When the People intend to offer statements made by a defendant at trial, they must provide a notice of intent to the defendant specifying the "sum and substance" of the statements (see CPL 710.30). However, the notice requirement is excused when a defendant moves for the suppression of the statements (see CPL 710.30 [3]; People v Merrill, 87 NY2d 948 [1996]; People v Lopez, 84 NY2d 425, 428 [1994]). Since defendant moved to suppress the statements at issue, and received a full hearing on their admissibility, it is irrelevant that the CPL 710.30 notice served by the People failed to allege the "sum and substance" of all of the statements they intended to introduce at trial. An application to suppress a statement waives any preclusion argument (see People v Kirkland, 89 NY2d 903, 904 [1996]; People v Velazquez, 33 AD3d 352, 354 [2006]). Consequently, we find that the Criminal Court properly denied defendant's motion to preclude the statements.

The veterinarian report was improperly admitted into evidence because the report contained hearsay and the People failed to show that the report satisfied the business record exception to the hearsay rule (see CPLR 4518). However, since the veterinarian had already testified to so much of the report as was read to the jury, there is no significant probability that the error in admitting the report contributed to defendant's conviction (see People v Ortiz, 46 AD3d 580, 581 [2007]). Therefore, the admission of the report into evidence constituted harmless error (see People v Crimmins, 36 NY2d 230, 241-242 [1975]).

As to the prosecutor's comment regarding defendant's failure to testify at trial, we find that the comment was harmless since it was "not of such character as would naturally and reasonably be interpreted by the jury as an adverse comment on defendant's failure to take the stand" (People v Burke, 72 NY2d 833, 836 [1988]). Moreover, we note that, in its instructions to the jury, the Criminal Court informed the jury that defendant had the right not to testify and the fact that defendant did not testify could not be held against him. A jury is presumed to have followed the legal instructions provided to it by the court (see People v Baker, 14 NY3d 266, 274 [2010]). Consequently, defendant's request for a mistrial due to this comment was properly denied.

Viewing the evidence in the light most favorable to the People (see People v Contes, 60 NY2d 620, 621 [1983]), we find that it was legally sufficient to establish defendant's guilt beyond a reasonable doubt. Moreover, resolution of issues of credibility, as well as the weight to be accorded the evidence presented, is to be decided by the trier of fact, which had the opportunity to see and hear the witnesses (see People v Romero, 7 NY3d 633, 643-646 [2006]; People v Bleakley, 69 NY2d 490, 495 [1987]), and its determination should be given great deference and should not be disturbed unless it appears that the trier of fact failed to give the evidence the weight it should be accorded (see People v Mateo, 2 NY3d 383, 410 [2004]). Upon a review of the record (see CPL 470.15 [5]; People v Danielson, 9 NY3d 343, 348-349 [2007]), we find that the verdict was not against the weight of the evidence (see People v Romero, 7 NY3d at 643-646).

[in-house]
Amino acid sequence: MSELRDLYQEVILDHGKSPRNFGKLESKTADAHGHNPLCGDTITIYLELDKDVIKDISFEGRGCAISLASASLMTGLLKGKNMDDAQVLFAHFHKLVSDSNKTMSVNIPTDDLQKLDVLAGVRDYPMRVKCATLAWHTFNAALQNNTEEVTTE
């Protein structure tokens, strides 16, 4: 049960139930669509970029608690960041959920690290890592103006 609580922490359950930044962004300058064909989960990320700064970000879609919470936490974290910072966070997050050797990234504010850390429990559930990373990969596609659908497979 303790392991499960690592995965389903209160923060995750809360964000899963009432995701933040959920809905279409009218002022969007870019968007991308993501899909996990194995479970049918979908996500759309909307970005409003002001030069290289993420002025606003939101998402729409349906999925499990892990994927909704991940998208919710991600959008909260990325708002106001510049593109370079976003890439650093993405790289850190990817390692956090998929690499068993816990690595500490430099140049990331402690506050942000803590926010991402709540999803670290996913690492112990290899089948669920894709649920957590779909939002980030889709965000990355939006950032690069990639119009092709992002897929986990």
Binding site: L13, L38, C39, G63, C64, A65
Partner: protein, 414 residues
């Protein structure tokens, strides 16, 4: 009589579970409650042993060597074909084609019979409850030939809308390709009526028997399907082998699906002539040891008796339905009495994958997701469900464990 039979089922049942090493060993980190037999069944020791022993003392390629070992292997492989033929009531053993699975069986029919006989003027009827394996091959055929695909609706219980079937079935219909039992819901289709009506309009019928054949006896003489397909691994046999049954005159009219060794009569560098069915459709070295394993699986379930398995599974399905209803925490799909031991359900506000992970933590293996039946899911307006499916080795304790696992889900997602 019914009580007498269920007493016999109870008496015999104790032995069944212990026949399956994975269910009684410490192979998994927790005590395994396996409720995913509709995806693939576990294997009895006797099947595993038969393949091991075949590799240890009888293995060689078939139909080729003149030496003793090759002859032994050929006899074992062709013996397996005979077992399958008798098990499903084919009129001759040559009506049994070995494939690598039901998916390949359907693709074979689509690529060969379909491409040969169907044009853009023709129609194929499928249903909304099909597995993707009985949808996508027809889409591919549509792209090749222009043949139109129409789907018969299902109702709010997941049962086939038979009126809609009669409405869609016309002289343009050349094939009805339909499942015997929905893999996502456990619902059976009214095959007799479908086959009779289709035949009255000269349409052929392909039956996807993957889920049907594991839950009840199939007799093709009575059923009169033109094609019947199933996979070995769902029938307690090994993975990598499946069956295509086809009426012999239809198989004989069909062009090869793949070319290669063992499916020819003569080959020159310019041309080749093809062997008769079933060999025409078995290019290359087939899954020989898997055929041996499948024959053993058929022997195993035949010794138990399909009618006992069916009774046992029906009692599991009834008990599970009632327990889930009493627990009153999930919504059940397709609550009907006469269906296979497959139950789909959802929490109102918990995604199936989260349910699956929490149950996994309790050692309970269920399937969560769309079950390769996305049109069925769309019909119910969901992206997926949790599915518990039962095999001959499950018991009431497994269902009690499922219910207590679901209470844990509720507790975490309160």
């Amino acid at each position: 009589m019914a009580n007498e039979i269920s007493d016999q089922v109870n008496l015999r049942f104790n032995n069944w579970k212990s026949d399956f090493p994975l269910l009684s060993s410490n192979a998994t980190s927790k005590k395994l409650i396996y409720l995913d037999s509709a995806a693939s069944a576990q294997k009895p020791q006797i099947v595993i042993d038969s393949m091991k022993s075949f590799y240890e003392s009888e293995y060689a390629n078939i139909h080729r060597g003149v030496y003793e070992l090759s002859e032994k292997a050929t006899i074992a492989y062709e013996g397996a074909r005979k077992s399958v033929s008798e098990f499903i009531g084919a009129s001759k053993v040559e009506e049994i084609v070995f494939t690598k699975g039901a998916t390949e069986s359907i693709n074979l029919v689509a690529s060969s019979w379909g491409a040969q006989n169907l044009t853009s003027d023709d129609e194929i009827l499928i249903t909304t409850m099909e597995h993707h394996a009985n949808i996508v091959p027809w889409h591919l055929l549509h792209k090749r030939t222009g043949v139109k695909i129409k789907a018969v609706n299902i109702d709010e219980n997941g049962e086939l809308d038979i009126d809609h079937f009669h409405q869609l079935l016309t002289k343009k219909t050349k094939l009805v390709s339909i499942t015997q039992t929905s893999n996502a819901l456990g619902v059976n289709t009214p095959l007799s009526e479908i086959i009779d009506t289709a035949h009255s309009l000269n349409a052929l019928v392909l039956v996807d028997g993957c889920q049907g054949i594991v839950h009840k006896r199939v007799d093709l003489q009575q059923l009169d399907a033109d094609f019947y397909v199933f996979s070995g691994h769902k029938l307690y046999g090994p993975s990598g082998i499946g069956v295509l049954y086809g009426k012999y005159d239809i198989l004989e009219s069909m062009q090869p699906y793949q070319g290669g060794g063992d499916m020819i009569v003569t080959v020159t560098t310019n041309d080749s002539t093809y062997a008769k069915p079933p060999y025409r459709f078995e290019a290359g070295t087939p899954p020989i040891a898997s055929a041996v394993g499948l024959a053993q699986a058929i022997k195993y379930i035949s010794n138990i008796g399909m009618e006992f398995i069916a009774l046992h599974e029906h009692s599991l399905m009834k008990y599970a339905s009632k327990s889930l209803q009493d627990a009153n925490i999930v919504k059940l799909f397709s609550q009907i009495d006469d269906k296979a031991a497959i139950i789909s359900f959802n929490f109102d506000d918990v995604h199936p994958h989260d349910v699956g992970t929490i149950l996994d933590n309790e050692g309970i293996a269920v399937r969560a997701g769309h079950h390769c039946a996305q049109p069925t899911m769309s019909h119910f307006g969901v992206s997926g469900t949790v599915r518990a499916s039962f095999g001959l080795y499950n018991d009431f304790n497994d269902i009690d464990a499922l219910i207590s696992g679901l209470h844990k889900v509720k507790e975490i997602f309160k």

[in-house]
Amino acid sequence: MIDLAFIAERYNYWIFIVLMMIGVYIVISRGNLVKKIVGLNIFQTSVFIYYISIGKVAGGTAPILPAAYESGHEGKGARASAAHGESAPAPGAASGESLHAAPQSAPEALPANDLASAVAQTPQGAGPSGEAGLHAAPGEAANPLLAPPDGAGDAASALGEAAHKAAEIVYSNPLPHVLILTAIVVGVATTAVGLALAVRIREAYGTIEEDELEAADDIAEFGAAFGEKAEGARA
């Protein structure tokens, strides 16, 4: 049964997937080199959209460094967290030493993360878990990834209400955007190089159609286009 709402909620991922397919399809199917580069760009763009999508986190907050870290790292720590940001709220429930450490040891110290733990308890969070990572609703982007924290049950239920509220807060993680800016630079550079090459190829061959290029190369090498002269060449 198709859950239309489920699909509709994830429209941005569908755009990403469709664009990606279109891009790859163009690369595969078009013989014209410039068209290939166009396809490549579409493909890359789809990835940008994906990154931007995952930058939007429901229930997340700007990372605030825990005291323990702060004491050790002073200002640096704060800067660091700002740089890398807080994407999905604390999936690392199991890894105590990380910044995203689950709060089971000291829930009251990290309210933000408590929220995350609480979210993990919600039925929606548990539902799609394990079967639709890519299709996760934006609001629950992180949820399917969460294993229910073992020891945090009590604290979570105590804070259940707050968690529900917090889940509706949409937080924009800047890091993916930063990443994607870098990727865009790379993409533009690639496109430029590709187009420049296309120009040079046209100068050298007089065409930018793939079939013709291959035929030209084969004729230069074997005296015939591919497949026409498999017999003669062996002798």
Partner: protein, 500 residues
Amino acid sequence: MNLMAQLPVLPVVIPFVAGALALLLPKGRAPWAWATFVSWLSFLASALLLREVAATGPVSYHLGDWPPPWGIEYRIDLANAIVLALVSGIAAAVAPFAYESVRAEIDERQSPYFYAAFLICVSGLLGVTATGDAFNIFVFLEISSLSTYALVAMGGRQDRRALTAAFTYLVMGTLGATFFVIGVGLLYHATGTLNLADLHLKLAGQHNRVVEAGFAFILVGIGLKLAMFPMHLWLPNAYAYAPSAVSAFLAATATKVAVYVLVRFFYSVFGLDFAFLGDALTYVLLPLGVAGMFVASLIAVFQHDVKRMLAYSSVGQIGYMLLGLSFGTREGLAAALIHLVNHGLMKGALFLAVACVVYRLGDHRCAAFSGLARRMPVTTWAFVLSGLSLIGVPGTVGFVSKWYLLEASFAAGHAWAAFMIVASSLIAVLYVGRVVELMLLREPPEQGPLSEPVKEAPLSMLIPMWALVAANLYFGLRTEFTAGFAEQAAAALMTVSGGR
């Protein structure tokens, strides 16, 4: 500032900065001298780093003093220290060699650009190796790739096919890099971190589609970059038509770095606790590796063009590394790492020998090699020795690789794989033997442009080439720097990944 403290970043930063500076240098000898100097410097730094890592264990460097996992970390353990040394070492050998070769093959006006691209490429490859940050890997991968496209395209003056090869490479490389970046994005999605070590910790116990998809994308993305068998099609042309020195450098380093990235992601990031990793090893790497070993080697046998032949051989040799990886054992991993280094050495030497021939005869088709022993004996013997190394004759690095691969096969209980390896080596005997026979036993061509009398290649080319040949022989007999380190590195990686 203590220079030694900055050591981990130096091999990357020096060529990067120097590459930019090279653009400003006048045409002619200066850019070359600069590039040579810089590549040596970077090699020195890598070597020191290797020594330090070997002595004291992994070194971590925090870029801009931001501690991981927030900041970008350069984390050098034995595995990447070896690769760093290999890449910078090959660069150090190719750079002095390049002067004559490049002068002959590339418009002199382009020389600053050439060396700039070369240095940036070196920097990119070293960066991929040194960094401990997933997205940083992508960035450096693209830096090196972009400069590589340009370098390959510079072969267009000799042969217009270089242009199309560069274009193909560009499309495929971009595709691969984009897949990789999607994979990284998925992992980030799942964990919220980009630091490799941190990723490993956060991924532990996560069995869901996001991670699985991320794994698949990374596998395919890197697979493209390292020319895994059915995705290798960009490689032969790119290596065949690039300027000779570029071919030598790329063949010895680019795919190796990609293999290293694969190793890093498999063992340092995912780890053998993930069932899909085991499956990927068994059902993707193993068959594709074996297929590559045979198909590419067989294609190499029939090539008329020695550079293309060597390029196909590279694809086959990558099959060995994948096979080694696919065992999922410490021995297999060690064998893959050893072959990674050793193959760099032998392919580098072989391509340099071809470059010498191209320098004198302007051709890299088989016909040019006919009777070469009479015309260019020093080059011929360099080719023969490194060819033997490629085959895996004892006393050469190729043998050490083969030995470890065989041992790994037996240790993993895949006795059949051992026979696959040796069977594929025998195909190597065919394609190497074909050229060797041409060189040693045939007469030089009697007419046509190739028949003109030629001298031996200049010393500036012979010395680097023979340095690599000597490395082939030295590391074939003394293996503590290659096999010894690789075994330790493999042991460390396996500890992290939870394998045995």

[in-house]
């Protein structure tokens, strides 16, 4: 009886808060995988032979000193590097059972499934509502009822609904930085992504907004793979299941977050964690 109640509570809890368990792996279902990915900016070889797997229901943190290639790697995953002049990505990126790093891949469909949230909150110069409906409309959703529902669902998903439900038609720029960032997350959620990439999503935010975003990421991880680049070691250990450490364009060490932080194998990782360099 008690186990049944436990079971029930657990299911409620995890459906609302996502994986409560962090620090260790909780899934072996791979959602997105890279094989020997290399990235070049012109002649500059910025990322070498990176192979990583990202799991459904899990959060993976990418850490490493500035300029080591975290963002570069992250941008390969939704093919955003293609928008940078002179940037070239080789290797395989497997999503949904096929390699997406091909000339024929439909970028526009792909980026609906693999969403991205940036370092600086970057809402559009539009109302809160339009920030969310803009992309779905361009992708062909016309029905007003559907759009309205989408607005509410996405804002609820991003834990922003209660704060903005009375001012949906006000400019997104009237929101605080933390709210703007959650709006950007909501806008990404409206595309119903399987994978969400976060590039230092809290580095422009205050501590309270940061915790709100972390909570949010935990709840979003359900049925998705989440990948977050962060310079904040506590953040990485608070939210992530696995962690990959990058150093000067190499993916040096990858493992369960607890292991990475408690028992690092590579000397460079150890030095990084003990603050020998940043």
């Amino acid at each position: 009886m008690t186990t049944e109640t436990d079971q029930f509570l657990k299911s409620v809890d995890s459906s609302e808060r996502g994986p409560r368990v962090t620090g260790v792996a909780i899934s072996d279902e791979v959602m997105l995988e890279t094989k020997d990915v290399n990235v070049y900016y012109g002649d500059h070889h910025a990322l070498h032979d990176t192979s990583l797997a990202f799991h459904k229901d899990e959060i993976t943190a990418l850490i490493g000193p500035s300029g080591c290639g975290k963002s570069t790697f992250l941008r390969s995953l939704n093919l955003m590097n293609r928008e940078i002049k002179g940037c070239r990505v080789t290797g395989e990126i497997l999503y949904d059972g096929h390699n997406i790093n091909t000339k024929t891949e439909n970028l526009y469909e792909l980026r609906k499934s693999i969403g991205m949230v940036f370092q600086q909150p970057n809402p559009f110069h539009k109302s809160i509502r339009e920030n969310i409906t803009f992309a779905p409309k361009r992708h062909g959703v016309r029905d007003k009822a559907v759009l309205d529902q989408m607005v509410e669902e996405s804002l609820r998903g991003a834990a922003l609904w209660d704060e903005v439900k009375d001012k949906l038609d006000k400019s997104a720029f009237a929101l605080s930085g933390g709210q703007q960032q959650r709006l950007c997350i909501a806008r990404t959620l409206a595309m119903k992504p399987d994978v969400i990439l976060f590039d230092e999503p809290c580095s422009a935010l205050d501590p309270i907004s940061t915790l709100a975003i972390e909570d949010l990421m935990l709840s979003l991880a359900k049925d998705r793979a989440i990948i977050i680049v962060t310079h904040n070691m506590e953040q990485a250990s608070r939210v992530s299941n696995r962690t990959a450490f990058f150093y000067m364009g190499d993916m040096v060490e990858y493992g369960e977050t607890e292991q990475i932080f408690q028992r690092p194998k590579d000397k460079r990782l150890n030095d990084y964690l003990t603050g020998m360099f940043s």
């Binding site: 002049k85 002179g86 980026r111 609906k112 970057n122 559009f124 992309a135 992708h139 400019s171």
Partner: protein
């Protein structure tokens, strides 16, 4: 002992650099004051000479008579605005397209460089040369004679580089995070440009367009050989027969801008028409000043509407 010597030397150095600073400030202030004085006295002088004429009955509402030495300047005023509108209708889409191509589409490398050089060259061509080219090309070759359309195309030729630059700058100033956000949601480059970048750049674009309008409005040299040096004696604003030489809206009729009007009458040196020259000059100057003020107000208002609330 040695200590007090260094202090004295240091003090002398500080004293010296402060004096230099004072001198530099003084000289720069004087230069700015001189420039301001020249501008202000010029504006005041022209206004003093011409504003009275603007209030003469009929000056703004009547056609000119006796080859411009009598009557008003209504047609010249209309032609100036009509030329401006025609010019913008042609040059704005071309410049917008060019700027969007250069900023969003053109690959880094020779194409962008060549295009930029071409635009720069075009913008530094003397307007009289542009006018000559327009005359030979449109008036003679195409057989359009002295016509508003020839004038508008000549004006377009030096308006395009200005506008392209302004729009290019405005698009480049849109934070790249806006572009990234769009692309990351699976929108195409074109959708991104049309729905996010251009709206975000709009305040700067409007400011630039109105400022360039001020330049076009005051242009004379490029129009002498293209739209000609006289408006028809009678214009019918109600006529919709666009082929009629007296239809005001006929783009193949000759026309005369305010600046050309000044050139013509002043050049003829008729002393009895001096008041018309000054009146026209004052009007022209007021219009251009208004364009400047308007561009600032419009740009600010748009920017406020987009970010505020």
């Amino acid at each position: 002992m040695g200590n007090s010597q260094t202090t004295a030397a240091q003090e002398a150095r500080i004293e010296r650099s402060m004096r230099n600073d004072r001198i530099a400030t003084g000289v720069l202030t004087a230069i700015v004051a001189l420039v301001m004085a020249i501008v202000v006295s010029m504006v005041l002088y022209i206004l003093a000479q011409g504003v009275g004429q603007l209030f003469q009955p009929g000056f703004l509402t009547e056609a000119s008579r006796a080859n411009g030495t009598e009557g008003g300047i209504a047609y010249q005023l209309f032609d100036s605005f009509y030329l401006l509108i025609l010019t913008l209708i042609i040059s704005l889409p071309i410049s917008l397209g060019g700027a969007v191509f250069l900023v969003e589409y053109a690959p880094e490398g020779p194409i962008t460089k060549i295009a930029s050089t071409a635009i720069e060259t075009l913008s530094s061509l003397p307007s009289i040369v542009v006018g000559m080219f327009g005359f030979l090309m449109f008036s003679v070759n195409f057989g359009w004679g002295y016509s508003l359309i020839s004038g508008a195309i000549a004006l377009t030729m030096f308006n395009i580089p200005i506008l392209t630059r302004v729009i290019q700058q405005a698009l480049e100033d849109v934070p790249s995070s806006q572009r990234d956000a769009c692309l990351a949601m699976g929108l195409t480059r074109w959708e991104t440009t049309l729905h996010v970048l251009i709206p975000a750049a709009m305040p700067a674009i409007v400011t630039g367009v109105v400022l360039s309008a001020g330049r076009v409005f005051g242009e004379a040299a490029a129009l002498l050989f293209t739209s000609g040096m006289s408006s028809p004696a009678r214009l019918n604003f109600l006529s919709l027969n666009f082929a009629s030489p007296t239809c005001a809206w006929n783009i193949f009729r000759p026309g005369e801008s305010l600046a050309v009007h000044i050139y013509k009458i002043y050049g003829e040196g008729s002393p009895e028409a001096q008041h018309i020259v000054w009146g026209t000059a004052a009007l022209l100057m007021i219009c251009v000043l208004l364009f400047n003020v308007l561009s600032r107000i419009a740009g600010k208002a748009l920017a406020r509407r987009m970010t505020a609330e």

Furthermore, since defendant's conviction can be sustained upon a finding that the evidence proved, beyond a reasonable doubt, that defendant had "engage[d] in, or in any way further[ed] any act of cruelty to any animal, or any act tending to produce such cruelty" by allowing the dog to needlessly suffer (Agriculture and Markets Law § 353), defendant's contention regarding the constitutionality of Agriculture and Markets Law § 353 with respect to its use of the word "sustenance" will not be addressed by this court. Under the established principles of judicial restraint, where a case may properly be determined on other grounds, a court should refrain from considering challenges brought under the Federal or State Constitutions (see Matter of Syquia v Board of Educ. of Harpursville Cent. School Dist., 80 NY2d 531 [1992]; Matter of Shernise C. [Rhonda R.], 91 AD3d 26, 29 [2011]).

We have reviewed defendant's remaining contentions and find that they are either unpreserved or lack merit.

Accordingly, the judgment of conviction is affirmed.

Pesce, P.J., Rios and Solomon, JJ., concur. Decision Date: March 15, 2013